In his compelling role in Da 5 Bloods, he served as Stormin’ Norman, the stand-in for the radical Black Vietnam-era soldier who fought for a country that hated him for the color of his skin. As the New York Times’ Wesley Morris wrote, Boseman “was in his way a historian—of other people’s magnetism and volition. Excellence and leadership spoke to and sparked him.”

And as T’Challa on Black Jeopardy on Saturday Night Live, in one of the funniest SNL segments in recent history, he taught us truly what a Karen was.

“Let’s go to ‘White People’ for 400.”#BlackJeopardy #SNL @chadwickboseman

— Saturday Night Live – SNL (@nbcsnl) April 8, 2018

If his side-eye at Green Book was any indication, he made for an astute contemporary historian. 

This look he exchanged with Michael B. Jordan when Green Book won best picture is the moment I realized Chadwick Boseman wasn’t just a beautiful and gifted performer, but also a shady king. We’ll miss you. Rest easy.

— Tracie Hunte (@TracieHunte) August 29, 2020

It’s almost fitting that his role as the Black Panther most gripped the public consciousness. Boseman’s journey morphed from heroes of history into the literal fictional superhero that Black and Brown children could look up to. In T’Challa, Boseman found a complex figure who straddled between protecting Wakandans by keeping them isolated from the rest of the world, and offering the imaginary country’s innovations to aid in global progress. We saw a Black man lead a superhero franchise without parody, unifying people who desperately wanted to cross their arms and shout “Wakanda Forever.”

Little did we know Boseman had battled colon cancer while he shot that film, just as he would with Marshall and Da 5 Bloods. Little did we know that, like T’Challa, he took the hits and, in ways we couldn’t yet understand, sacrificed his well-being for public awe and happiness. (Neither Da 5 Bloods director Spike Lee nor Black Panther director Ryan Coogler knew about Boseman’s illness. Coogler wrote in his emotional tribute to Boseman that, “Because he was a caretaker, a leader, and a man of faith, dignity and pride, he shielded his collaborators from his suffering.) If nothing else, his influence in such a short time is clear by the looks of joy and awe seen in Black and Brown fans who got the chance see him in person, as seen in a viral Jimmy Fallon clip:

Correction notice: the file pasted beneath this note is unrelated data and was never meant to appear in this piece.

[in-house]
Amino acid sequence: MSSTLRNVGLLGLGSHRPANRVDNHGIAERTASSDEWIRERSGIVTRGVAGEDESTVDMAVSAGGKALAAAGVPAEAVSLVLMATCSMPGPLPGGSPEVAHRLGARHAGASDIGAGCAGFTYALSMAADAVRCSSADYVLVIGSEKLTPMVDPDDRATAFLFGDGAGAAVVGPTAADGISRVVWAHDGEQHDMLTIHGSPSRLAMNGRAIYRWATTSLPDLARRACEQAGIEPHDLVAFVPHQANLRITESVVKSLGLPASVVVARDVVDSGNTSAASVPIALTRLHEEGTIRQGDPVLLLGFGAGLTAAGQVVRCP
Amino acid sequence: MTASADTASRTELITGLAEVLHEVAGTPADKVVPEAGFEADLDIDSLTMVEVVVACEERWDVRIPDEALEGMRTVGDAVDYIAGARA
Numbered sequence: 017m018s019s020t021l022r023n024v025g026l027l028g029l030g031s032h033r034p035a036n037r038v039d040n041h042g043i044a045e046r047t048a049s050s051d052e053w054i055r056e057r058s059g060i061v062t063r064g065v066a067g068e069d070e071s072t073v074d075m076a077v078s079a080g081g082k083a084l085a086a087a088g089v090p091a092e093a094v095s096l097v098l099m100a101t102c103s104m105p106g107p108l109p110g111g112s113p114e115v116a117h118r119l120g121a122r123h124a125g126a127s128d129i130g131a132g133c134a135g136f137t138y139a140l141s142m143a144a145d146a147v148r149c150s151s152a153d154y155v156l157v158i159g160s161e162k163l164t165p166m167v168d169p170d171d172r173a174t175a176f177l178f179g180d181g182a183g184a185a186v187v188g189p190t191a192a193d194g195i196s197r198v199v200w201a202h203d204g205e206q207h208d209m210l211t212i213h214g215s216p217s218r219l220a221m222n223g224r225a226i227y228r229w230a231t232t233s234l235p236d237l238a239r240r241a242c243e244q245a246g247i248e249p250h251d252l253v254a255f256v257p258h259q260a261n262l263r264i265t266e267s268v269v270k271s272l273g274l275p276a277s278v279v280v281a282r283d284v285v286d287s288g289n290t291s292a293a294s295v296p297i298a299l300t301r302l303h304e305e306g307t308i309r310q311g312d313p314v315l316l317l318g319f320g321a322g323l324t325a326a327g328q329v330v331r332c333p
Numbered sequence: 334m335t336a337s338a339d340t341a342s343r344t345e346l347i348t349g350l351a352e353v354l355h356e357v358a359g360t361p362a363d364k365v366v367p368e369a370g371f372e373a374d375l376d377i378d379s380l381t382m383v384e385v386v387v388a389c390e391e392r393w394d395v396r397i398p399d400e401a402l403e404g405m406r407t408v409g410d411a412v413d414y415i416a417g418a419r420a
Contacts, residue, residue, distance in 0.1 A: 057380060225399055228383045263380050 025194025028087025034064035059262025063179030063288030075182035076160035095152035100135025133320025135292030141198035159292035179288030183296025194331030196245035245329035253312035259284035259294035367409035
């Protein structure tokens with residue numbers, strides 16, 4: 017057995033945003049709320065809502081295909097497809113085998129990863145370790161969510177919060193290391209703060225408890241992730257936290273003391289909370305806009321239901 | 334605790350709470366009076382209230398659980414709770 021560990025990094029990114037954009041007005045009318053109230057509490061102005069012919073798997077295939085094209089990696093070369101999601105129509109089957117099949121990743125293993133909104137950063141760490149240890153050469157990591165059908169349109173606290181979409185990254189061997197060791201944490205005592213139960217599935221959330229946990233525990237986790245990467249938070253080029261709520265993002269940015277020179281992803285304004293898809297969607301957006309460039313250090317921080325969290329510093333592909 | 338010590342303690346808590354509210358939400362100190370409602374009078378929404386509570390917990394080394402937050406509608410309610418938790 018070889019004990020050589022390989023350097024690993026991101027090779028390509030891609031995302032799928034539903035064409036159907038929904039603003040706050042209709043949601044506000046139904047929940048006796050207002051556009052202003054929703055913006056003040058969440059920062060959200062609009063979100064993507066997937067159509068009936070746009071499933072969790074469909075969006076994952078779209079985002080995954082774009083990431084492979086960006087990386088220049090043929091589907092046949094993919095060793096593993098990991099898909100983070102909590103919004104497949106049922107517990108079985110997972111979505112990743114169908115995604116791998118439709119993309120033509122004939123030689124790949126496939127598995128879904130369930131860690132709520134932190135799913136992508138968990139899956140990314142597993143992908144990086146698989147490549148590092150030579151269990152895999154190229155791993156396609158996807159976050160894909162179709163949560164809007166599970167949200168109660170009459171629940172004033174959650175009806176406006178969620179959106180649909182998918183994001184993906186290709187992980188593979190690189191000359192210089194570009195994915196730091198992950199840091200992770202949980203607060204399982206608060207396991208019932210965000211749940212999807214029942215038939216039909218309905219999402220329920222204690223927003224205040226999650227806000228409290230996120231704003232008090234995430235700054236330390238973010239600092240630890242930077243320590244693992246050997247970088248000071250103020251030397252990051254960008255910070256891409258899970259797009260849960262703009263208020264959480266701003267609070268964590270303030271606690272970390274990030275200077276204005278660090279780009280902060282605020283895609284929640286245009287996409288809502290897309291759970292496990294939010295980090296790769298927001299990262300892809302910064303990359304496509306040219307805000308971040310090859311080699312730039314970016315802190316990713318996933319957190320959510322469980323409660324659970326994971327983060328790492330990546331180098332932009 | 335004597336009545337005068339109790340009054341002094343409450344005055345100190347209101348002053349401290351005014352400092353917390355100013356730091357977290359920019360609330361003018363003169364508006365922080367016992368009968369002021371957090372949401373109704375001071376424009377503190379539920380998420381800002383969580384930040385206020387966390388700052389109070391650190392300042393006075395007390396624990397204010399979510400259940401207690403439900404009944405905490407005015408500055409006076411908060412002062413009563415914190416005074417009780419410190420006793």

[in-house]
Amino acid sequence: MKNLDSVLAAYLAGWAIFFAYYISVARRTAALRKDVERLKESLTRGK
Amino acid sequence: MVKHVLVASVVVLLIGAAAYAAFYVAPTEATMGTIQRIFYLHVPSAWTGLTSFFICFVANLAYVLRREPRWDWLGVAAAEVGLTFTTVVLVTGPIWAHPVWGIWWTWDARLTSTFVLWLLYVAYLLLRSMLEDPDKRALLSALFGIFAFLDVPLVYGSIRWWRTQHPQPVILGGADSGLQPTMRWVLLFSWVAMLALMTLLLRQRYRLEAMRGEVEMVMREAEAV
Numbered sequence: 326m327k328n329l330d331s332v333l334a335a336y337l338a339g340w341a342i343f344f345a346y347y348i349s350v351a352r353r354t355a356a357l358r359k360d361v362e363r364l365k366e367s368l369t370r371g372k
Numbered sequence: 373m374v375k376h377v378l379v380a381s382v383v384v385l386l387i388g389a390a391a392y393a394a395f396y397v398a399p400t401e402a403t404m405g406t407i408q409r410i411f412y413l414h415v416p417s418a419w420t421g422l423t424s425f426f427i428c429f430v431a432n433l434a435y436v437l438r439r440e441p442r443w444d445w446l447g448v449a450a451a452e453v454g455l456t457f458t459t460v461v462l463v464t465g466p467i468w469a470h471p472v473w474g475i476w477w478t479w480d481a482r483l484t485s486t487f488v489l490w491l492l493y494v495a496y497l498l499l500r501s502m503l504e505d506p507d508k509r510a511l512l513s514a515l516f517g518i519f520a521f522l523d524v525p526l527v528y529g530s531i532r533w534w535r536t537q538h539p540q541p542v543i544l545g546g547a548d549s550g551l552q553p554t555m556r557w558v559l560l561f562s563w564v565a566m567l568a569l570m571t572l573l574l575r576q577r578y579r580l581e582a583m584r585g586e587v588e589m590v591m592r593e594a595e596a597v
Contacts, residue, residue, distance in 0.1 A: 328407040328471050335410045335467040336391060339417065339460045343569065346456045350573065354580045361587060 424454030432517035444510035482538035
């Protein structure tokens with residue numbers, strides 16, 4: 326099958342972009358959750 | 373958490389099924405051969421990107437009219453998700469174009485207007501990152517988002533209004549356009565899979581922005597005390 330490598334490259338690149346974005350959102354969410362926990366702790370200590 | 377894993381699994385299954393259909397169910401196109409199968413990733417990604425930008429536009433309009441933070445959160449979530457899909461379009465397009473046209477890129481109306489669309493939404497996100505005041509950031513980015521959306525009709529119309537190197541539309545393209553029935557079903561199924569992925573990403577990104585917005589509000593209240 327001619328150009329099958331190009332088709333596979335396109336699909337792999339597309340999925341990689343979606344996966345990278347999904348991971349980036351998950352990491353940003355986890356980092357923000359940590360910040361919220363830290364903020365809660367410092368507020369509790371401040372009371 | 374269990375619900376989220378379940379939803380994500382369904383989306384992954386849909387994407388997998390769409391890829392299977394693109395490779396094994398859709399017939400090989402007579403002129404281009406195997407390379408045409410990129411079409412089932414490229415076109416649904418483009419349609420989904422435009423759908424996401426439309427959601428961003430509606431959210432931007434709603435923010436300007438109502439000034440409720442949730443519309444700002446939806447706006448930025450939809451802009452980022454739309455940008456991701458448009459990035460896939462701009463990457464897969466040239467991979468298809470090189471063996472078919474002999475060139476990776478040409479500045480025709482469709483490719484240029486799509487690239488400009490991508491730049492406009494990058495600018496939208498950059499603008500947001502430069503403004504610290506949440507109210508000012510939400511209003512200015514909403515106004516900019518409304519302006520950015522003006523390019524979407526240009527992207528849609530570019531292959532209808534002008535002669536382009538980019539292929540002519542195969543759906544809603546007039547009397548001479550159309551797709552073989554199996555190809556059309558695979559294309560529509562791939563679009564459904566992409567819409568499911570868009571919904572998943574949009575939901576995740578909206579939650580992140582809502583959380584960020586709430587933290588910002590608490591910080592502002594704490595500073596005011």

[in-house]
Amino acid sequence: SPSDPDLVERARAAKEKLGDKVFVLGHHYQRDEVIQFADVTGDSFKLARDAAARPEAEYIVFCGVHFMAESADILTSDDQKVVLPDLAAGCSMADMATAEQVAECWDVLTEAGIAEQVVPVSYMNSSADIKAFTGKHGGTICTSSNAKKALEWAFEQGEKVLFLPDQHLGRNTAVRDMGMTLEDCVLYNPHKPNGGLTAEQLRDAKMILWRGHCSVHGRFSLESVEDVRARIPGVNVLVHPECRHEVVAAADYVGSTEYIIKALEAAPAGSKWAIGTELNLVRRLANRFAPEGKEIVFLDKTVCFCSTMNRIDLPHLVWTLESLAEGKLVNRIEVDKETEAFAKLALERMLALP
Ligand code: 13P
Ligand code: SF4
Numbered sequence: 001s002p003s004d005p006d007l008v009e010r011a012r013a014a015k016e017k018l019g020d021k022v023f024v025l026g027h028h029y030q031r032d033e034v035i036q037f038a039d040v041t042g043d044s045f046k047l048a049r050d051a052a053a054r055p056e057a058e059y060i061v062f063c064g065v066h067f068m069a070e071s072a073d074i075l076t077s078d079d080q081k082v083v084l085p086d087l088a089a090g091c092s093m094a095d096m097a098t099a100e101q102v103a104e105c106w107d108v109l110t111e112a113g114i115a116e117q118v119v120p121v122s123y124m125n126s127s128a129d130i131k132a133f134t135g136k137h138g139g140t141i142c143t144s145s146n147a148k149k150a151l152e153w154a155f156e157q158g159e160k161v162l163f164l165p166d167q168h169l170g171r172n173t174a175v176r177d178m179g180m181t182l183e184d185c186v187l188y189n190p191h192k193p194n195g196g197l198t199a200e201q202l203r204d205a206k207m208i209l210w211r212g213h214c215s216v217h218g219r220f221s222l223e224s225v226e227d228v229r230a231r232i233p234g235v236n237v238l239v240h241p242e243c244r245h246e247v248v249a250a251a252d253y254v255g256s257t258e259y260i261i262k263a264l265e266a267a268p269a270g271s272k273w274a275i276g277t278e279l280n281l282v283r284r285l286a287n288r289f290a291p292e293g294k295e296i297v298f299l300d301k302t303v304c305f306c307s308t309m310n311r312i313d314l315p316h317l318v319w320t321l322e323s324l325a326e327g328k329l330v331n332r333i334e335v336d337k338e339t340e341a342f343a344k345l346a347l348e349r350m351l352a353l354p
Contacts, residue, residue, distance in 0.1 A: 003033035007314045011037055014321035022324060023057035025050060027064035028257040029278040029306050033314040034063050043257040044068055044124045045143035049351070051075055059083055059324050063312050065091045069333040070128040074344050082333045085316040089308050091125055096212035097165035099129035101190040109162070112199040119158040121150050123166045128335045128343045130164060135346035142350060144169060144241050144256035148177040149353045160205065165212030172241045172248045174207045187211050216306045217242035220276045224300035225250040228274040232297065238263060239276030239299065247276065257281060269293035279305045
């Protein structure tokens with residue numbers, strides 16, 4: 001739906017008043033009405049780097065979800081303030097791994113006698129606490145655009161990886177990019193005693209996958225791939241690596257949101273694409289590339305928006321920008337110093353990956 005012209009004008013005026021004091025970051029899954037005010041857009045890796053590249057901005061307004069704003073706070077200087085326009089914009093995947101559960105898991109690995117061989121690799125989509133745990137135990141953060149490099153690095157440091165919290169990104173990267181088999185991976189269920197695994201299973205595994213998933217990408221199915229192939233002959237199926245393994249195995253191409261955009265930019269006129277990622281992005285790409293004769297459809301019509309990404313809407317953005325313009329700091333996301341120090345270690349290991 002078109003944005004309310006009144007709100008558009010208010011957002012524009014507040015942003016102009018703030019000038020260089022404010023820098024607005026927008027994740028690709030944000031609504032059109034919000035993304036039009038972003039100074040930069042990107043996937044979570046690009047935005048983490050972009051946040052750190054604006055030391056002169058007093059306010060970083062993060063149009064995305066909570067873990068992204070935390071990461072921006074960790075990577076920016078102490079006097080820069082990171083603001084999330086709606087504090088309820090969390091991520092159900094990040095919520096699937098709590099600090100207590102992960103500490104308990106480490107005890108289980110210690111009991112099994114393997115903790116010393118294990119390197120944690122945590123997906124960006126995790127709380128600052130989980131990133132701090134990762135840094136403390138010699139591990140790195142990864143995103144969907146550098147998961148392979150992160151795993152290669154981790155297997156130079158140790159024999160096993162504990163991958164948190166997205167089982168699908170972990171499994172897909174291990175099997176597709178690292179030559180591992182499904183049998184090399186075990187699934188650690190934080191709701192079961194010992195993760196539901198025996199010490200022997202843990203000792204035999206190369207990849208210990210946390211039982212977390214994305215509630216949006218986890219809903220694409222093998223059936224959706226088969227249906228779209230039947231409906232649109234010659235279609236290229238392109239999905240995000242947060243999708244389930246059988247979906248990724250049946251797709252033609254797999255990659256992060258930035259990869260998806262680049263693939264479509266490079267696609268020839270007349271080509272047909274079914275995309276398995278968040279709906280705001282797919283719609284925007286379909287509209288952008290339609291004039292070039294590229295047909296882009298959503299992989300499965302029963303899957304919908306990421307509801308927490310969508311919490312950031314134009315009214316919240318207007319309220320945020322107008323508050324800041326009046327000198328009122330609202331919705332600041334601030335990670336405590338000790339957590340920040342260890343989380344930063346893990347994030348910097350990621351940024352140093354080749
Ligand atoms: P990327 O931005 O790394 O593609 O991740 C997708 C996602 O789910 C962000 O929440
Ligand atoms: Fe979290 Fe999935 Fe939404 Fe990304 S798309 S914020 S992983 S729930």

This was amazing. @chadwickboseman surprises #BlackPanther fans while they say what the movie means to them.

— The Tonight Show (@FallonTonight) March 1, 2018

There’s a moment in Black Panther that will now and forever break my heart. As T’Challa, Boseman lay unconscious in a mound of snow after being thrown off a cliff in a battle against Killmonger. T’Challa’s mother, his love interest, and his genius sister, praise the ancestors as they covered his bloody face in snow in the hopes he could be revived. He ventures off to a mystical ancestral plane, its once-deep purple skies now bright. T’Challa, adorned in white, turns to his fictional father, T’Chaka, who tells him: “The time has come for you to come home, to be reunited with me.” But T’Challa refused and condemned the ancestors for turning their back on the rest of the world. He decided he must return to right the wrong.

In just eight years, Boseman expanded the way we think about men who loomed large. So few leading actors can transform from the embodiment of the civil rights struggle to a costumed pursuer of justice in an unjust society, marked by his own complications and expectations. Questions swirled as I marveled at what could have been—a young John Lewis? James Baldwin—and what was supposed to have been—T’Challa part deux? As I watched Black Panther once more over the weekend, I kept sincerely wishing Boseman could wake up again from this terrible dream just as T’Challa had. 

California Needs More Firefighters—But It’s Preventing Skilled Former Inmates From Helping

California is burning: Ongoing blazes have devoured more than 1 million acres this year so far, killing at least seven people and destroying hundreds of homes. The state is also facing a firefighter shortage. But even so, it is preventing a trained group of people from assisting in its unending annual fight against wildfires: former state inmates. And that’s despite the fact it trains these inmates to fight fires and exploits their labor when they are imprisoned. 

It’s clear that the state could use additional assistance from trained former inmates.